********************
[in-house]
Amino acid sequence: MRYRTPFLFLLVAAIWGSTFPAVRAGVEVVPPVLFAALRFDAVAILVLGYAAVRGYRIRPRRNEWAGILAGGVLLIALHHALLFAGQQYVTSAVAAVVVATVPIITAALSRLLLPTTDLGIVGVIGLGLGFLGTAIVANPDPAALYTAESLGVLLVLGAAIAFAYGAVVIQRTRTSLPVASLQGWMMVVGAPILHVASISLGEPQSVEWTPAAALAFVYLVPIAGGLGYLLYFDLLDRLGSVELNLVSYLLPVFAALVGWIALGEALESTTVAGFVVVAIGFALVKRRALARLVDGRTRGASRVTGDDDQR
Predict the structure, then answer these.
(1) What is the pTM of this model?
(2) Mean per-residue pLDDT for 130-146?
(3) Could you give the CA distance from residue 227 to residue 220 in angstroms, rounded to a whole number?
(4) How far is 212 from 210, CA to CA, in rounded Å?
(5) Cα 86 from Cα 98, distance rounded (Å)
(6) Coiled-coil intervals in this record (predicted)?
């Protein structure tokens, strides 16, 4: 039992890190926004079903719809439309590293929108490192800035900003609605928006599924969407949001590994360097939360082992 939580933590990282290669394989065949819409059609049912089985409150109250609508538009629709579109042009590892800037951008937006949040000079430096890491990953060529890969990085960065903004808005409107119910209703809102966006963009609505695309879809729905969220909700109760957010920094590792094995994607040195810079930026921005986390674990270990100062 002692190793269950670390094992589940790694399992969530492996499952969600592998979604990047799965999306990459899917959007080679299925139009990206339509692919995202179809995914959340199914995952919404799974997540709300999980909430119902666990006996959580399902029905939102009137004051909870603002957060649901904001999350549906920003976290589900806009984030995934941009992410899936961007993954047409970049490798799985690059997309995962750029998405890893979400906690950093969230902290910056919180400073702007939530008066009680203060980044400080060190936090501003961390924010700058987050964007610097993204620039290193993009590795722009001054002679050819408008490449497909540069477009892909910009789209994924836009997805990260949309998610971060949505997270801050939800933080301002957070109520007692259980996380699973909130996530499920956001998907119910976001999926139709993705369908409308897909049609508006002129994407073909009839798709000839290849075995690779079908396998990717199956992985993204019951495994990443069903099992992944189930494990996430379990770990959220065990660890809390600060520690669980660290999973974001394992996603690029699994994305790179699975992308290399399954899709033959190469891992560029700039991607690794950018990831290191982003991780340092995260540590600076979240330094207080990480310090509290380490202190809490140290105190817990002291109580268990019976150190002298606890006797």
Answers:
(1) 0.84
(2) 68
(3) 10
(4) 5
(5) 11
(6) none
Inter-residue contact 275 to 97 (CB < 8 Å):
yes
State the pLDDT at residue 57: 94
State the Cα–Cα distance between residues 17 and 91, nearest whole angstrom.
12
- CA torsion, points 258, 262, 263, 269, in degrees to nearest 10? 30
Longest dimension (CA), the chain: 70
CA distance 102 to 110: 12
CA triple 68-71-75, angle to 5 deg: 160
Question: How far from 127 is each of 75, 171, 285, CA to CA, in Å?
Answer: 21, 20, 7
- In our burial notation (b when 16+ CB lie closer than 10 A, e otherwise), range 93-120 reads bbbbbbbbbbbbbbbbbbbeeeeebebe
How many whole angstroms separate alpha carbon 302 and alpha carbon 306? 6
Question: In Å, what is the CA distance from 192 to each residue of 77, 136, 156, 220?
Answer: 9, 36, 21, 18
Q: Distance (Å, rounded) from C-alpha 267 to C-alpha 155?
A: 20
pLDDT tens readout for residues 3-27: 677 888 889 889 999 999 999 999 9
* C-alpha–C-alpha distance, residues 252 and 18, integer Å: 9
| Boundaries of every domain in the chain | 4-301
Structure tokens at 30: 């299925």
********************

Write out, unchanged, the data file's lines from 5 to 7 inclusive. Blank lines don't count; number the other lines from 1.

(2) Mean per-residue pLDDT for 130-146?
(3) Could you give the CA distance from residue 227 to residue 220 in angstroms, rounded to a whole number?
(4) How far is 212 from 210, CA to CA, in rounded Å?